Like their online counterparts, brick-and-mortar retailers need to leverage shopping behavior to improve the customer experience. While it’s easy for retailers to collect data on what shoppers buy, there’s also a wealth of value in information about where merchandise is placed and what items shoppers are attracted to, decide against, ignore, or never see.
To address these concerns and better plan for future shopper experiences, retailers are using beacons, WiFi, analytic camera software and other technologies to generate heat maps. These thermal images are used to aggregate shoppers’ whereabouts in brick-and-mortar stores, and can even give insight into how customers engage with their products.
With the help of heat mapping technology, retailers are improving the way they respond to shoppers and continuing to innovate the user experience—while also planning for better assortment, more effective in-store signage, and improved traffic flow throughout their stores.
Evaluating merchandise and store layout
Since store managers can’t be everywhere at once, heat maps can improve the shopper experience by continuously monitoring day-to-day operations. By aggregating in-store shopper activity, heat maps help retailers zero in on things like heavier-than-normal crowding around popular merchandise—prompting managers to set up additional displays. Or, an analysis of traffic patterns can pinpoint dead zones or bottlenecks that may be remedied by adjusting store layouts or replacing or relocating merchandise.
Heat maps help create actionable insights for retailers by:
- Determining which displays are being visited most and least frequently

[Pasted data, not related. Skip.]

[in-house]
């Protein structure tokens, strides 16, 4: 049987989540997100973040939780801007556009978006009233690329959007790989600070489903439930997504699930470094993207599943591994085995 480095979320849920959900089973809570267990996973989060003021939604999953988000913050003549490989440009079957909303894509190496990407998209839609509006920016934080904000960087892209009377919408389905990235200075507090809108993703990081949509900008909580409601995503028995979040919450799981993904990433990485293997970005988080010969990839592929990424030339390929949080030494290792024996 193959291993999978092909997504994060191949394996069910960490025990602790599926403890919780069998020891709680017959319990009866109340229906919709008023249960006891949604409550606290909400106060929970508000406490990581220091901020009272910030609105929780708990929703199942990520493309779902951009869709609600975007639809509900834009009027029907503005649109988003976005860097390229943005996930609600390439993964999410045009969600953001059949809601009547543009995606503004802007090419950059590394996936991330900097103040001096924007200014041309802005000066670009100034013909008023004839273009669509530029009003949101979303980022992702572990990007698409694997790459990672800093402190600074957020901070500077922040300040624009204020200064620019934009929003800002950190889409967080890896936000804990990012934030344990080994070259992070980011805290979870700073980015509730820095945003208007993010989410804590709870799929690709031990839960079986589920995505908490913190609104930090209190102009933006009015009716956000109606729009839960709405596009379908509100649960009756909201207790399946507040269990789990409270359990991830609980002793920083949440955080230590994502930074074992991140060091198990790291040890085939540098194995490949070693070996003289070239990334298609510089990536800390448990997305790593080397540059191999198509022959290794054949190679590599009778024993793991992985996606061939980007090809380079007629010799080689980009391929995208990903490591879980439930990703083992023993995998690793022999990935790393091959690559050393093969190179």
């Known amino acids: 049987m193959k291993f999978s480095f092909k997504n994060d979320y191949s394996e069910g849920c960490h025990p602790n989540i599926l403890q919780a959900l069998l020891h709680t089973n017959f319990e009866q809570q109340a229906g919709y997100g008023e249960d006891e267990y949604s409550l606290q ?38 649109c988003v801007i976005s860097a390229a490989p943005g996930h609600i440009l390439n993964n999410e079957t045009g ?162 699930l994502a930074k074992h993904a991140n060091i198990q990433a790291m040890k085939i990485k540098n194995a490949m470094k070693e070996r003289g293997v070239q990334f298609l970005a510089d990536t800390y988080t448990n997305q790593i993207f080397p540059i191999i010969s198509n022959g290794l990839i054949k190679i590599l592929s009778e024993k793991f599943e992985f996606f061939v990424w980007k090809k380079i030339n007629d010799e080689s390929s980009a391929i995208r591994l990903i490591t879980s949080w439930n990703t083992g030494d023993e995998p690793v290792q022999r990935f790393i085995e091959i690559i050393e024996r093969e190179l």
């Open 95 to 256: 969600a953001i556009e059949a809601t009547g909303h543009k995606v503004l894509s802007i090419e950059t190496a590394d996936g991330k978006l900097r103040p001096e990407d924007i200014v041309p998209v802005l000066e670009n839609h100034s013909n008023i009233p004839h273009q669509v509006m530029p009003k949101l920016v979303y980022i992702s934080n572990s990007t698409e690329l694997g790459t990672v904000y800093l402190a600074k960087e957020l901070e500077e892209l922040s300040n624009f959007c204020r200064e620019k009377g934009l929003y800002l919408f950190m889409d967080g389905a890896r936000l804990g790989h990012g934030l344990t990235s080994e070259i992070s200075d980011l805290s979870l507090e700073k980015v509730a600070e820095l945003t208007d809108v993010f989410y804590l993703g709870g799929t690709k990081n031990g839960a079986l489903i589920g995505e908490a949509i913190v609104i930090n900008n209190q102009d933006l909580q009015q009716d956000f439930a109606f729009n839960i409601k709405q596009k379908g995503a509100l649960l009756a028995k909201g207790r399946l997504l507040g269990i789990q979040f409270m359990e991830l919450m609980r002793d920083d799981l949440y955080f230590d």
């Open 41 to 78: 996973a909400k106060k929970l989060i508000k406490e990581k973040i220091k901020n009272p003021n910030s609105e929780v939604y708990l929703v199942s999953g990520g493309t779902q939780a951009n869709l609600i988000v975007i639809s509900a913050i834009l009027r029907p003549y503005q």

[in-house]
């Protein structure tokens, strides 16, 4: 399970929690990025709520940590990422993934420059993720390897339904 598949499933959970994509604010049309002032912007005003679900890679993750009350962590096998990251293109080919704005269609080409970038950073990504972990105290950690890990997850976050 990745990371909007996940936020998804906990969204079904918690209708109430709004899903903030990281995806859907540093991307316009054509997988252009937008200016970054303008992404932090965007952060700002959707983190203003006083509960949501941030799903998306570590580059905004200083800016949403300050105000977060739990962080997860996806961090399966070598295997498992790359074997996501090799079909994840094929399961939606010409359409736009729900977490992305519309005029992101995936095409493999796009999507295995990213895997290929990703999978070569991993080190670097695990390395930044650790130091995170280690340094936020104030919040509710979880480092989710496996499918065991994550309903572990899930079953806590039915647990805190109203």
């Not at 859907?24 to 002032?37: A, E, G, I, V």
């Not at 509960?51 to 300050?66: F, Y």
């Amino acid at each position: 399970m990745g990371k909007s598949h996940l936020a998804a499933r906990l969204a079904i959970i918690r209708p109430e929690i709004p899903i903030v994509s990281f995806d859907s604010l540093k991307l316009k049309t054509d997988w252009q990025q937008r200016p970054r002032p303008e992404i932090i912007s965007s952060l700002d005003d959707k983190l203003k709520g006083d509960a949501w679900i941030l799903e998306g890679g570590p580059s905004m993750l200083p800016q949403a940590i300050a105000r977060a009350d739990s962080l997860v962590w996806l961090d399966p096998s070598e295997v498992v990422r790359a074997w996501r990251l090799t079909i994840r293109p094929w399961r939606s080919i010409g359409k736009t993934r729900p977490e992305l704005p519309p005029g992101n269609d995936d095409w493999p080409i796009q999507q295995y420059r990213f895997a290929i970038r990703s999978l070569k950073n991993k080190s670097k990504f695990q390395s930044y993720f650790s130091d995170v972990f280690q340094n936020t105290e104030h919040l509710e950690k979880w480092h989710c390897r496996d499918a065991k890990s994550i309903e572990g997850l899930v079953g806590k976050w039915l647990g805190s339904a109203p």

- Tracking which ads are driving shoppers to displays most effectively
- Timing how long shoppers remain at a display or in the store
- Gauging if in-store signage is helpful in driving traffic
Analyzing customer engagement
While experimenting with product placement and store layouts isn’t new, heat maps make the analysis workable on a different scale. These new technologies go beyond analyzing foot traffic—now retailers can see what shoppers touch.
According to the Journal of Consumer Research, touching items increases the probability of purchase—especially with products where texture, weight, hardness, and temperature are deciding factors. If items that are normally touched by shoppers aren’t getting attention, retailers can begin to investigate why. For example, if an item is picked up often and rarely purchased, retailers can assume that the price may be too expensive—or that there may be an issue with quality or material.
Retailer chains can also use heat maps on a wider scale, by comparing a map from one location to that of another. By testing new strategies or layouts in one or multiple locations, retailers are able to see which models are worthy of rolling out to the whole chain—before making a large upfront investment in a strategy that may not resonate with shoppers.
Using in-store paths, a heat map—in conjunction with a retailer’s mobile app—can also suggest related purchases to shoppers. For example, the route of a shopper in a sporting goods store going from the sunscreen section to the waterproof footwear section suggests the shopper is going on an outing near water. The retailer’s app can then offer a discount on a windbreaker or polarized sunglasses.
Heat mapping is not only great for retailers in terms of merchandise planning, assortment, and increasing sales. These innovative technologies are also working behind the scenes to bring customers a more streamlined, tailored, and pleasant brick-and-mortar experience.
Tagged: heat maps, RFID